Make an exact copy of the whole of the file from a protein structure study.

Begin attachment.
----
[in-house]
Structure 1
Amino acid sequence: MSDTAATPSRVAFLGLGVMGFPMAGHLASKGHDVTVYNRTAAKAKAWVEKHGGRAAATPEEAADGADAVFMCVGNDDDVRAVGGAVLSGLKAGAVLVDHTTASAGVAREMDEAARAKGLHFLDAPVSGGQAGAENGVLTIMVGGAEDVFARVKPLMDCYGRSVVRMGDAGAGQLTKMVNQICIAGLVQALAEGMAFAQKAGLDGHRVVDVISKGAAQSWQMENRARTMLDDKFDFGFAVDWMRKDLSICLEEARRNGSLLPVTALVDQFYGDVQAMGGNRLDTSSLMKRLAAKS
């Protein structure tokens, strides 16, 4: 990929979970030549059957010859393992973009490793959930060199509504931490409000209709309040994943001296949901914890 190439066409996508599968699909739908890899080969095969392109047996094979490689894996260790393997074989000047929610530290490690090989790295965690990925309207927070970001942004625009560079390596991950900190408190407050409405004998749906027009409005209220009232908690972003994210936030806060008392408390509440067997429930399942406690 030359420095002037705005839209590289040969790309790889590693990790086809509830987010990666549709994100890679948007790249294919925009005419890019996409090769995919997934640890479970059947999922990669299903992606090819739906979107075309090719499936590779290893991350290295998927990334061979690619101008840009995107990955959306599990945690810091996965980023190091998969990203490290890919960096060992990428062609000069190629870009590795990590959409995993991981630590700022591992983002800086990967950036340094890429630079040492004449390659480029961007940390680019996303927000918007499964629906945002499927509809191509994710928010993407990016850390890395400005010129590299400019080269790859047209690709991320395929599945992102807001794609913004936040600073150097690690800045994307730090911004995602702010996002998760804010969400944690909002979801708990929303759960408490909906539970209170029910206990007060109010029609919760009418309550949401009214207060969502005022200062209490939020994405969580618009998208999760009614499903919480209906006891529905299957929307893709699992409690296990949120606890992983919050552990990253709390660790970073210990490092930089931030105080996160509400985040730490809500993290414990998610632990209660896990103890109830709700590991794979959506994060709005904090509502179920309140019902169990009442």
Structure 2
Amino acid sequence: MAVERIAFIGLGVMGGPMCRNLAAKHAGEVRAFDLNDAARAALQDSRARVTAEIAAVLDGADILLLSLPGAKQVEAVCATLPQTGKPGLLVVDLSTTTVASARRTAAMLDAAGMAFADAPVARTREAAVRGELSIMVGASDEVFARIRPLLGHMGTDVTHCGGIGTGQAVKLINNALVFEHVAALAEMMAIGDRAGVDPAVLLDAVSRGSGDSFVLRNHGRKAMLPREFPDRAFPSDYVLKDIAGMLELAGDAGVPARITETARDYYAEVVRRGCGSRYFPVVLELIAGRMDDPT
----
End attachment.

[in-house]
Structure 1
Amino acid sequence: MSDTAATPSRVAFLGLGVMGFPMAGHLASKGHDVTVYNRTAAKAKAWVEKHGGRAAATPEEAADGADAVFMCVGNDDDVRAVGGAVLSGLKAGAVLVDHTTASAGVAREMDEAARAKGLHFLDAPVSGGQAGAENGVLTIMVGGAEDVFARVKPLMDCYGRSVVRMGDAGAGQLTKMVNQICIAGLVQALAEGMAFAQKAGLDGHRVVDVISKGAAQSWQMENRARTMLDDKFDFGFAVDWMRKDLSICLEEARRNGSLLPVTALVDQFYGDVQAMGGNRLDTSSLMKRLAAKS
């Protein structure tokens, strides 16, 4: 990929979970030549059957010859393992973009490793959930060199509504931490409000209709309040994943001296949901914890 190439066409996508599968699909739908890899080969095969392109047996094979490689894996260790393997074989000047929610530290490690090989790295965690990925309207927070970001942004625009560079390596991950900190408190407050409405004998749906027009409005209220009232908690972003994210936030806060008392408390509440067997429930399942406690 030359420095002037705005839209590289040969790309790889590693990790086809509830987010990666549709994100890679948007790249294919925009005419890019996409090769995919997934640890479970059947999922990669299903992606090819739906979107075309090719499936590779290893991350290295998927990334061979690619101008840009995107990955959306599990945690810091996965980023190091998969990203490290890919960096060992990428062609000069190629870009590795990590959409995993991981630590700022591992983002800086990967950036340094890429630079040492004449390659480029961007940390680019996303927000918007499964629906945002499927509809191509994710928010993407990016850390890395400005010129590299400019080269790859047209690709991320395929599945992102807001794609913004936040600073150097690690800045994307730090911004995602702010996002998760804010969400944690909002979801708990929303759960408490909906539970209170029910206990007060109010029609919760009418309550949401009214207060969502005022200062209490939020994405969580618009998208999760009614499903919480209906006891529905299957929307893709699992409690296990949120606890992983919050552990990253709390660790970073210990490092930089931030105080996160509400985040730490809500993290414990998610632990209660896990103890109830709700590991794979959506994060709005904090509502179920309140019902169990009442």
Structure 2
Amino acid sequence: MAVERIAFIGLGVMGGPMCRNLAAKHAGEVRAFDLNDAARAALQDSRARVTAEIAAVLDGADILLLSLPGAKQVEAVCATLPQTGKPGLLVVDLSTTTVASARRTAAMLDAAGMAFADAPVARTREAAVRGELSIMVGASDEVFARIRPLLGHMGTDVTHCGGIGTGQAVKLINNALVFEHVAALAEMMAIGDRAGVDPAVLLDAVSRGSGDSFVLRNHGRKAMLPREFPDRAFPSDYVLKDIAGMLELAGDAGVPARITETARDYYAEVVRRGCGSRYFPVVLELIAGRMDDPT